Step 1: Find a Leaf
Step 2: Make a Sand Pile
Step 3: Shape the Sand
Step 4: Mix the Cement
Step 5: Build the Casting
Step 6: Loosely Cover Mixture with Plastic
Step 7: Paint or Seal the Birdbath
Choose a leaf at least 10 inches long and 7 inches wide and cut off the stem. We used a hosta leaf, but rhubarb, burdock, gunnera, castor bean, caladium and elephant’s ear leaves also work well.
Spread out a sheet of plastic or a large plastic bag to protect your work surface. Pour the play sand onto the plastic and make a pile. Wet the sand slightly so that it sticks together, the way you would to make a sand castle.
Shape the pile to approximate the size and shape of your leaf, but keep in mind that birds prefer baths that aren't more than a couple of inches deep. Once the sand pile is shaped to your liking, cover it with a piece of plastic or a plastic bag. Center the leaf, vein side up, on top of the plastic.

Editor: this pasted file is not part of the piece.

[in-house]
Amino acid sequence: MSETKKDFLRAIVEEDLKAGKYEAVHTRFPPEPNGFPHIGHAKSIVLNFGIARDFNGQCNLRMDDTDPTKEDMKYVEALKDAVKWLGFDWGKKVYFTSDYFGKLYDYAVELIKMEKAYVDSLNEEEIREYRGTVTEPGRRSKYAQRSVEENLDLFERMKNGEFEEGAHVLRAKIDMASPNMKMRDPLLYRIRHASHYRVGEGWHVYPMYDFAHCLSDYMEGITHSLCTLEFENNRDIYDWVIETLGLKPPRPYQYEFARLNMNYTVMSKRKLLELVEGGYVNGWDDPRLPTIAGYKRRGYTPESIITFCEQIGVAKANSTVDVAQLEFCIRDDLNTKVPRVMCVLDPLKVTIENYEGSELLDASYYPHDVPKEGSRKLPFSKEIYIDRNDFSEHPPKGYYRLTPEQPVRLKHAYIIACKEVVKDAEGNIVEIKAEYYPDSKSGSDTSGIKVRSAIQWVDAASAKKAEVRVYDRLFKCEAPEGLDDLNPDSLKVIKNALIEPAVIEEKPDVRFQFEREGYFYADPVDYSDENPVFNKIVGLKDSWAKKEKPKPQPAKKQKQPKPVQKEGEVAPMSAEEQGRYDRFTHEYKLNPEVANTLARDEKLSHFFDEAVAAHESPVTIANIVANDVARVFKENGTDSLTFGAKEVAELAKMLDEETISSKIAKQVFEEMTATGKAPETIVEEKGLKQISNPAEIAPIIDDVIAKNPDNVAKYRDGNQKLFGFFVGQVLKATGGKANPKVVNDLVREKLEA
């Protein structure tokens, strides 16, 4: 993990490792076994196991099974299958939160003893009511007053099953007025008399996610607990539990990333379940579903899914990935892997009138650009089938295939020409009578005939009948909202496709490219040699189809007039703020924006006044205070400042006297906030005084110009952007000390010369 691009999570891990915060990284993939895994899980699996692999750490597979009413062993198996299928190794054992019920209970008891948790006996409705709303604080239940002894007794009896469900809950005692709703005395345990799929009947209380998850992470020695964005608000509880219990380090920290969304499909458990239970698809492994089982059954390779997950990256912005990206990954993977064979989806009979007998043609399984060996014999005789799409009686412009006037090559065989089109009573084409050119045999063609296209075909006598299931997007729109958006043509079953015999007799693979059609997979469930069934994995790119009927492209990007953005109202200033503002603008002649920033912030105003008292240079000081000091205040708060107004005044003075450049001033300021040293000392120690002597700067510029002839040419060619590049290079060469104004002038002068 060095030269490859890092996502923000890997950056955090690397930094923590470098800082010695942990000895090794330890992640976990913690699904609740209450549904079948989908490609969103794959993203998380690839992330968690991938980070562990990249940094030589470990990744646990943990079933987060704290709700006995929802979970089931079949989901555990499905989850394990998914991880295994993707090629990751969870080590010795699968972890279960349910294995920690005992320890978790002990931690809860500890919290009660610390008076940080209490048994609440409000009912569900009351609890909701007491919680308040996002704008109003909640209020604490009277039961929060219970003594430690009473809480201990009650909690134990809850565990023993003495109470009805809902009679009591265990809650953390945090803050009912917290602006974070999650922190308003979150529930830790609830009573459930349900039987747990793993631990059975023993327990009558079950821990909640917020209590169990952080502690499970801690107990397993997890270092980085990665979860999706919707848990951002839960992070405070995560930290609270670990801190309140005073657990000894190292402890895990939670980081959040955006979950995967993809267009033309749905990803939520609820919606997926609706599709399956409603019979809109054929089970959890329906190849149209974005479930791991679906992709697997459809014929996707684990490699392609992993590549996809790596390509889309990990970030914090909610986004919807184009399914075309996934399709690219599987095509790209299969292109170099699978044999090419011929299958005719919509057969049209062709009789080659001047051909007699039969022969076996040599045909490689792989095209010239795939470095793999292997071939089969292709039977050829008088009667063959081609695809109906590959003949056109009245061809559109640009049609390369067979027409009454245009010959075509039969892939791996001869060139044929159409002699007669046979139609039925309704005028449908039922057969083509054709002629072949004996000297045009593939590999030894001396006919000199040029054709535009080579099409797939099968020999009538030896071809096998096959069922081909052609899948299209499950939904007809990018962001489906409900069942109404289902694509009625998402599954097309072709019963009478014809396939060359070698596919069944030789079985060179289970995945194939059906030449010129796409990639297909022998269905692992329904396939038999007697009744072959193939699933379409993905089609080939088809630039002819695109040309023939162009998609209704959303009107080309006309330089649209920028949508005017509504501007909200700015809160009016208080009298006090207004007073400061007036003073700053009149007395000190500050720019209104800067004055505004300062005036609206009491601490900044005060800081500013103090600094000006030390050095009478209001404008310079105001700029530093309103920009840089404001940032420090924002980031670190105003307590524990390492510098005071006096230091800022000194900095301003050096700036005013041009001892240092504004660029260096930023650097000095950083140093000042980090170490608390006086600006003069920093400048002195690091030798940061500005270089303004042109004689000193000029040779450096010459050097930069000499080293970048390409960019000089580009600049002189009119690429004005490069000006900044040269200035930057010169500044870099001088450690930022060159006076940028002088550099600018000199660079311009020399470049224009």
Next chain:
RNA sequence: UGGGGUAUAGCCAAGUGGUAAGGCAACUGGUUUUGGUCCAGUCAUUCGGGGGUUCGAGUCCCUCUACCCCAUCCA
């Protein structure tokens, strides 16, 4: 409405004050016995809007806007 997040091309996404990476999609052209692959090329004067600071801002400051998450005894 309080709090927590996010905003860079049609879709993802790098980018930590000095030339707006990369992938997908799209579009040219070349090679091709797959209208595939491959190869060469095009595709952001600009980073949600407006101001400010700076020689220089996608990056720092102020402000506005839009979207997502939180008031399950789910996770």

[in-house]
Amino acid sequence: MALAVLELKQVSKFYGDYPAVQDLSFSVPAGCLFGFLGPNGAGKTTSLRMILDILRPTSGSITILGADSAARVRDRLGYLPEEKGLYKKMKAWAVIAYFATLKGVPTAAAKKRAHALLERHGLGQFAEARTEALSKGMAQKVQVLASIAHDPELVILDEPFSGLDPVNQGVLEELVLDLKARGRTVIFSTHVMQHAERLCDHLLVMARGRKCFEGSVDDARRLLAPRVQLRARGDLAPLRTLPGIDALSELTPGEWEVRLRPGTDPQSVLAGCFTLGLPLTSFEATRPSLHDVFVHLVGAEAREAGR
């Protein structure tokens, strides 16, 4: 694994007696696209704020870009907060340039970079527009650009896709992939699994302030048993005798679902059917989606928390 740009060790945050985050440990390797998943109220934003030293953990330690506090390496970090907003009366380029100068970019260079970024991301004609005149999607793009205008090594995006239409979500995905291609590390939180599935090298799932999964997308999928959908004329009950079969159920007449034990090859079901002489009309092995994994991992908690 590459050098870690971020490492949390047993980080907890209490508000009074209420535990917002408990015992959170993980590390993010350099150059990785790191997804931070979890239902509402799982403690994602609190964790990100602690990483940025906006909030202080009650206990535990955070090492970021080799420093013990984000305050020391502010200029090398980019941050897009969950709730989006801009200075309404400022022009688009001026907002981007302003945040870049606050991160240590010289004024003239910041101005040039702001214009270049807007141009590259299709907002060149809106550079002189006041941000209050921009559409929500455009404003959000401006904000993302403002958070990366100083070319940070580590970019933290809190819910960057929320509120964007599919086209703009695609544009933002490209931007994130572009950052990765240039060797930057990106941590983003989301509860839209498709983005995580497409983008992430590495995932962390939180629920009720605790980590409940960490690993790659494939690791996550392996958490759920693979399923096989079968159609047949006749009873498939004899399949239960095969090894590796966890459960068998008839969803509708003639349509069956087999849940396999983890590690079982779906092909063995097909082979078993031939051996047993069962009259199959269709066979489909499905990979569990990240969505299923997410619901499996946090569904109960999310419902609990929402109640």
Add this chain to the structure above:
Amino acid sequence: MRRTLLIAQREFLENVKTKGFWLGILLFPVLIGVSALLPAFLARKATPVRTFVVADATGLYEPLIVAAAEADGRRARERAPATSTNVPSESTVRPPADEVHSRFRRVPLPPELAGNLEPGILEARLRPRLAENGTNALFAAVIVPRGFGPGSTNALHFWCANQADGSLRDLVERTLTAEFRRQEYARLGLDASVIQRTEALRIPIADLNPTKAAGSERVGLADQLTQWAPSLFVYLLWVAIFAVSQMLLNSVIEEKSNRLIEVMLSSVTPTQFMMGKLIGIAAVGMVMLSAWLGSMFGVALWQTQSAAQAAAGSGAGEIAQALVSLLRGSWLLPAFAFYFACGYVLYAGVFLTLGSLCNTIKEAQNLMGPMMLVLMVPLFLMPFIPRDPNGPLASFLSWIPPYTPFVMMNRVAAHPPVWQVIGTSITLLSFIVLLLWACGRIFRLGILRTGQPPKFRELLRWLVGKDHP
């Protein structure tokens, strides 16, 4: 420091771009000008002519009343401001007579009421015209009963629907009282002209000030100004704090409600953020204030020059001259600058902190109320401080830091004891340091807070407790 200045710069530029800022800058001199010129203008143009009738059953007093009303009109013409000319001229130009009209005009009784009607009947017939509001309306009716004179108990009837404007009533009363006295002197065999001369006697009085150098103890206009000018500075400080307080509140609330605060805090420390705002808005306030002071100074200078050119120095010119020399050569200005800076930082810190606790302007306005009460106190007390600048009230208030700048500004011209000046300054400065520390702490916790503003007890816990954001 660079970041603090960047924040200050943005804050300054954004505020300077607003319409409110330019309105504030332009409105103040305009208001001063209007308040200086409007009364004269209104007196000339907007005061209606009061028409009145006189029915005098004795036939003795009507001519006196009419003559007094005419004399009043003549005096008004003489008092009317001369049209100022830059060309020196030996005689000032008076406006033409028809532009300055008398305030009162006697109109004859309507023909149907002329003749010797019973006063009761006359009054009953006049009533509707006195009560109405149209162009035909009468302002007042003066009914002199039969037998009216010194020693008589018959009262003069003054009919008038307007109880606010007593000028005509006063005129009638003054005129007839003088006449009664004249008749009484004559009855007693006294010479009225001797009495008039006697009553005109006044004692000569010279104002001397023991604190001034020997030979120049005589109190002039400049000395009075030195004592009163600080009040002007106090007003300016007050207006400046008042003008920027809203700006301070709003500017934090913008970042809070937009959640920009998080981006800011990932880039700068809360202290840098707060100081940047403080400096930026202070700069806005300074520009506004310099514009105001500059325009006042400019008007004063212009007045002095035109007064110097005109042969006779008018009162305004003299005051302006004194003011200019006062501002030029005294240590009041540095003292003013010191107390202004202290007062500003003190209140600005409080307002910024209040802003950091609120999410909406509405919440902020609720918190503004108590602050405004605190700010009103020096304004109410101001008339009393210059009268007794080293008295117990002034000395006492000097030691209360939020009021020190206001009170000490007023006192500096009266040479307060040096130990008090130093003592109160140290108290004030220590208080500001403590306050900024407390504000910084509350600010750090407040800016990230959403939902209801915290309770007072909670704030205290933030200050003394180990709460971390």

In a plastic bowl, mix three parts fine sand to one part Portland cement. Mix 1/4cup water and 1/4 cup concrete fortifier, and add slowly to the sand until it’s the consistency of a thick brownie batter. It’s easiest to wear rubber gloves and squish it with your hands. Mix more water and fortifier to add to the sand if needed. Thoroughly rinse your gloves or hands. Pick up a handful of the sand mixture, plop it in the center of the leaf and spread to the edges. This gives you a solid surface that picks up the leaf’s veining while removing any air bubbles.
Now slowly start building up the thickness of the casting. For strength, keep it between 1/2 and 1-in. thick. Be careful to keep the edges smooth to get a good contour. Once the casting is thick enough, build up the center to create a pedestal.
If it's a hot day, you might want to mist the casting periodically to keep it from drying out too fast and cracking. Let your project dry slowly for about 24 hours, then peel off the leaf. If the casting feels brittle, let it sit for another day.
After the casting has dried for a week, paint or seal it. Or just leave it as is!
© 2012 Reiman Media Group, LLC.